The committee argued that the closure of two Albanian-language periodicals seriously limits the access of the Albanian population to information, especially ahead of the important local elections in March (see "RFE/RL Balkan Report," 4 and 11 February 2005). This is especially true for many Albanian women, who often do not speak Macedonian. Moreover, the "information blockade" facilitates the spread of disinformation among the Albanian population via the rumor mill. The whole situation adds up to a serious breach of human rights, the Helsinki Committee wrote.
But the big controversy ensued when the committee indirectly accused the governing ethnic Albanian Democratic Union for Integration (BDI) of being responsible for the problems of "Lobi" and "Koha ditore:" "If one keeps in mind that both periodicals that suspended their publication in January 2005...were critical of the representatives of the Albanian component in the government... the signal is clear: whoever dares to speak out against those who are in power will be destroyed," the press release said.
The Helsinki Report thus repeated allegations made by "Lobi" itself in January. Iso Rusi, who is the owner and editor in chief of "Lobi," had warned that the print edition of "Lobi" might close down, adding, however, that he hopes that the weekly's Internet edition will continue to appear. Rusi said his newspaper faces massive financial problems because no state-owned company advertises in "Lobi," allegedly because of "Lobi's" critical coverage of the BDI.
In the 7 February Internet edition of "Lobi," Rusi endorsed the Helsinki Committee's assessment, at the same time leveling a number of additional accusations against the BDI. Rusi blamed the BDI for the demise of the Albanian-language daily "Flaka." "Flaka" was part of the Nova Makedonija publishing house, which folded in late 2003 (see "RFE/RL Balkan Report," 31 October 2003 and 12 March 2004). In addition, Rusi argued, the BDI failed to replace the old system of state subsidies for the media with a more modern one, which would especially help the minority-language publications.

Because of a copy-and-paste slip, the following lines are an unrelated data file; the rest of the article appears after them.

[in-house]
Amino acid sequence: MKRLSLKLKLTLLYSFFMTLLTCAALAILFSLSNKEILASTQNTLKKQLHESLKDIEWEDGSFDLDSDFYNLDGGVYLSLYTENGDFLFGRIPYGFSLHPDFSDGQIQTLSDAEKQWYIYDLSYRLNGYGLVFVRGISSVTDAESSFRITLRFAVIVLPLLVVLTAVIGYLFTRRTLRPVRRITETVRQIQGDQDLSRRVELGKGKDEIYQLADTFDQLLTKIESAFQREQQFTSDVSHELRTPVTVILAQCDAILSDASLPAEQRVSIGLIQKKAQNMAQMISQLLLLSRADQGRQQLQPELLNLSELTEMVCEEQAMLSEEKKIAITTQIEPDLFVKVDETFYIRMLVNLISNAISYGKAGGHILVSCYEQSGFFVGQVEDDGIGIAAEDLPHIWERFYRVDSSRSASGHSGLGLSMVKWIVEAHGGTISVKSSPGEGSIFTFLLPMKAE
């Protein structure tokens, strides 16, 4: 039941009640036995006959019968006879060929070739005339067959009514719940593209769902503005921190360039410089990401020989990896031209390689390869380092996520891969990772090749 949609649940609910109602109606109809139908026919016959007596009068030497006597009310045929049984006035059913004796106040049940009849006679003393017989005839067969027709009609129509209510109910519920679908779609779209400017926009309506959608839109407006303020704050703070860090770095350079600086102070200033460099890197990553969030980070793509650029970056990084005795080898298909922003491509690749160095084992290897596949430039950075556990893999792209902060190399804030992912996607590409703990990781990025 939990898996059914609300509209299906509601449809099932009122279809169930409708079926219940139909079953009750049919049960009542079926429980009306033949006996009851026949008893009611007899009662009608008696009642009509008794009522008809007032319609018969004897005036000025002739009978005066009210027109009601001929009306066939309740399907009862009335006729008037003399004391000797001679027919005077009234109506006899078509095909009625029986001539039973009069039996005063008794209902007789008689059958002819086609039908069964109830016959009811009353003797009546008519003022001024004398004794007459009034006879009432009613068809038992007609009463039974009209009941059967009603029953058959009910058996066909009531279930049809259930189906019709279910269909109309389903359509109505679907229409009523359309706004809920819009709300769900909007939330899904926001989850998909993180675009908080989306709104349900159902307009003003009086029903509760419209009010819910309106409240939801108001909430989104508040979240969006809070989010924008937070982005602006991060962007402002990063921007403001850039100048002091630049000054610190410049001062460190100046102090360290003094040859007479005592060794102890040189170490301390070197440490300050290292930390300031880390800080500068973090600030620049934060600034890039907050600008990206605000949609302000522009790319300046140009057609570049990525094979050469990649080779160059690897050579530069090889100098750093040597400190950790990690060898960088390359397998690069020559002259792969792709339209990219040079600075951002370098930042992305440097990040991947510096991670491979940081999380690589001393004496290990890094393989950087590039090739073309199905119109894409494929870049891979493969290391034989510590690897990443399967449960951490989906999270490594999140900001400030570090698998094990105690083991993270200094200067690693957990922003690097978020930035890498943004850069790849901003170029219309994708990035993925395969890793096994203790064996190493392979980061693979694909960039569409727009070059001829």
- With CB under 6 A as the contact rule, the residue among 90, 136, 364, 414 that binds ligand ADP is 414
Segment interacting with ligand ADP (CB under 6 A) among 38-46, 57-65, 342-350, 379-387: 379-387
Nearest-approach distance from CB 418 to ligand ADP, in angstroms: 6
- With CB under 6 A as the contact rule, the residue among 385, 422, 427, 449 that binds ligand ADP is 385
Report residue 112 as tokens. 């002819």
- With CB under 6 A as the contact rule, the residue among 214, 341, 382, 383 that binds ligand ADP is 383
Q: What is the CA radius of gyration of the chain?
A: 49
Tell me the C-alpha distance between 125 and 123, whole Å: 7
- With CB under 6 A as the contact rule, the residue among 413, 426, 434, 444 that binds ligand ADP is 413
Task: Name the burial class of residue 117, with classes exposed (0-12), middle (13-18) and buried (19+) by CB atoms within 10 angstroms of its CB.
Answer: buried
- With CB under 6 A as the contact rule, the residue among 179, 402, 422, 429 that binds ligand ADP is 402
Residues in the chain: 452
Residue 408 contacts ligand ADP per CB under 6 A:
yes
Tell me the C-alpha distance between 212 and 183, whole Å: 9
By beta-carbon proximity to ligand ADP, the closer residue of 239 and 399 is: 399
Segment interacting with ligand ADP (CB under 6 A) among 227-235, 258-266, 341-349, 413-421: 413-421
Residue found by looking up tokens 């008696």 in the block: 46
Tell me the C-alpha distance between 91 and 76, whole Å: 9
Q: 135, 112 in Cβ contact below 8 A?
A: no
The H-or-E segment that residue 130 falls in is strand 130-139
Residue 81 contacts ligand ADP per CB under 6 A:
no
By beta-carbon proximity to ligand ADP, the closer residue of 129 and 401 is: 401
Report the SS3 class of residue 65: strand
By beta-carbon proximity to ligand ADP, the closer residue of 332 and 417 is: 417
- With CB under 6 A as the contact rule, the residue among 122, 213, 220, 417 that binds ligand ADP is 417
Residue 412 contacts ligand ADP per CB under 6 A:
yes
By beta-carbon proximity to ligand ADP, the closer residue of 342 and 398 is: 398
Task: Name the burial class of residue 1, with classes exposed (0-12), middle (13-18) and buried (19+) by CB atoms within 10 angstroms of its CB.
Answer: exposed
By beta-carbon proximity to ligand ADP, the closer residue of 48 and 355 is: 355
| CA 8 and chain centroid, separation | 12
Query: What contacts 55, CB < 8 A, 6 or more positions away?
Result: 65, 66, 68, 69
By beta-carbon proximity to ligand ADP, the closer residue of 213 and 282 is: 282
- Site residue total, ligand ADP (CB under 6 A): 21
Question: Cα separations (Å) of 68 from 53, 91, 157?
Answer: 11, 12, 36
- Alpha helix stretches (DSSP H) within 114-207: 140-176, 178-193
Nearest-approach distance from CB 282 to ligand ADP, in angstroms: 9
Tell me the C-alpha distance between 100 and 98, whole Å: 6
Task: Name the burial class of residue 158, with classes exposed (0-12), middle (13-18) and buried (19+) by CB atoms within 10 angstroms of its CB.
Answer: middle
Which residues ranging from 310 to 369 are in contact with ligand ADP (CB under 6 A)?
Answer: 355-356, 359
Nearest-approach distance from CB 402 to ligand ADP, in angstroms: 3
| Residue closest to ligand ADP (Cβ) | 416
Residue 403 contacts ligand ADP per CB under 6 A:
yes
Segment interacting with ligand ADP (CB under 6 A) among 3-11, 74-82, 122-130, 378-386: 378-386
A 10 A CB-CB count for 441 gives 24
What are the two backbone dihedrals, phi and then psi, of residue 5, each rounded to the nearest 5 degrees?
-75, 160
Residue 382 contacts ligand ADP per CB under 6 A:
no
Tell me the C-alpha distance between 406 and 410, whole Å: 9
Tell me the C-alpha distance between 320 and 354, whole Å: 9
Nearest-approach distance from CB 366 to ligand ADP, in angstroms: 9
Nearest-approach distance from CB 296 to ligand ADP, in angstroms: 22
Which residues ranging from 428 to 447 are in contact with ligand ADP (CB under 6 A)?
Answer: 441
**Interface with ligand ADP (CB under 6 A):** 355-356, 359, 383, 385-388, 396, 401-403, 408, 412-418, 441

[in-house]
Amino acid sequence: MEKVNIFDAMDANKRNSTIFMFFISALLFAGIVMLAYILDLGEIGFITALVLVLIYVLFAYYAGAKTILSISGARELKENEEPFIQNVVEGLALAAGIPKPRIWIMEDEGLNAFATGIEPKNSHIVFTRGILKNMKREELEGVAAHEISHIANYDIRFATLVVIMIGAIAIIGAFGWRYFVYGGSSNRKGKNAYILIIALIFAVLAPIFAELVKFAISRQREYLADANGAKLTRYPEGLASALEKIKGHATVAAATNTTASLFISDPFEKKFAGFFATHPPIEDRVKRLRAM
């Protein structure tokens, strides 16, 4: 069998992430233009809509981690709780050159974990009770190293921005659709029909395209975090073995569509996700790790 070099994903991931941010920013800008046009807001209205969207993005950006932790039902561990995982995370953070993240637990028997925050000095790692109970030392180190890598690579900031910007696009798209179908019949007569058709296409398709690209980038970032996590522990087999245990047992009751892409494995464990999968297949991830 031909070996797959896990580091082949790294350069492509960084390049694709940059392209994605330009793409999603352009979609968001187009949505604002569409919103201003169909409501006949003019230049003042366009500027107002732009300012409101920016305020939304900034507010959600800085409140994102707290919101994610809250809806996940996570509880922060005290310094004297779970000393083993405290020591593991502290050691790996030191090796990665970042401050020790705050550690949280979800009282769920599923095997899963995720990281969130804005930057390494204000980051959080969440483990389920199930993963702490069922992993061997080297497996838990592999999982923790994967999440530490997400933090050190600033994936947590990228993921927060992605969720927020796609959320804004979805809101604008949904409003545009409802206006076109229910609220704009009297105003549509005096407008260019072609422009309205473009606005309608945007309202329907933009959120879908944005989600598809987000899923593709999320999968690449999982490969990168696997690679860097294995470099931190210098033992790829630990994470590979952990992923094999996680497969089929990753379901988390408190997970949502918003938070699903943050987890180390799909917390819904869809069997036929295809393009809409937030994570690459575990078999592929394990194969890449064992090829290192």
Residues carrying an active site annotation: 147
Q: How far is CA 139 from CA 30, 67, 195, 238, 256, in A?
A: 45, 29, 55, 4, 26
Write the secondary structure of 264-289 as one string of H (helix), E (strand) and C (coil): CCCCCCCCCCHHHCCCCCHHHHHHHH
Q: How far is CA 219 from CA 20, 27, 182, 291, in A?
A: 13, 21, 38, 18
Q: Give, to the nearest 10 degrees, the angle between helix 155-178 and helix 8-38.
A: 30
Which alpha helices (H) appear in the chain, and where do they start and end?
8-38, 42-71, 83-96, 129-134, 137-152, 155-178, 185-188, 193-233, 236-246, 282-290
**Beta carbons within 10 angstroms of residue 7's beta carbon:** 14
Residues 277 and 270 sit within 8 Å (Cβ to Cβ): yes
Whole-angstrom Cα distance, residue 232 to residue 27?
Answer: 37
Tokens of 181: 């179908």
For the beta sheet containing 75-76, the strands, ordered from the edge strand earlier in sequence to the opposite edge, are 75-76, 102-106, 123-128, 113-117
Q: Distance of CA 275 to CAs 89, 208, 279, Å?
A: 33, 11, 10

BDI spokeswoman Ermira Mehmeti slammed those allegations as "ridiculous," adding that her party has never exerted any pressure on the media.
Interestingly, Nebi Murseli, the editor in chief of "Koha ditore," told "Utrinski vesnik" on 7 February that his publication could not appear for technical reasons. But Murseli, too, said that big Macedonian companies never place ads in the Albanian-language media. Murseli said he was not consulted by the Helsinki Committee prior to the publication of their critical press release. He also denied having problems with the BDI. "We are not in opposition to the BDI," Murseli said. "On the contrary, we have good relations with the party leaders."
Daut Dauti, who is an ethnic Albanian member of the Helsinki Committee's board, also criticized the press release. In an open letter published in "Dnevnik" on 8 February, Dauti distanced himself from the statement, saying he opposes the remarks about the BDI. Dauti said the "destruction" of "Lobi" and "Koha ditore" cannot be ascribed to the government's behavior, but rather to economic factors. Against this background, Dauti recalled the demise of other minority publications such as "Flaka" or the Turkish-language daily "Birlik," which also belonged to the Nova Makedonija publishing house.
The absence of "Lobi" and "Koha ditore" from the newsstands clearly affects media diversity, regardless of whether they suspended publication for political or economic reasons. The field is now left open to "Fakti," which is said to be closely affiliated with the opposition Democratic Party of the Albanians (PDSH).
[First published on 18 February 2005.]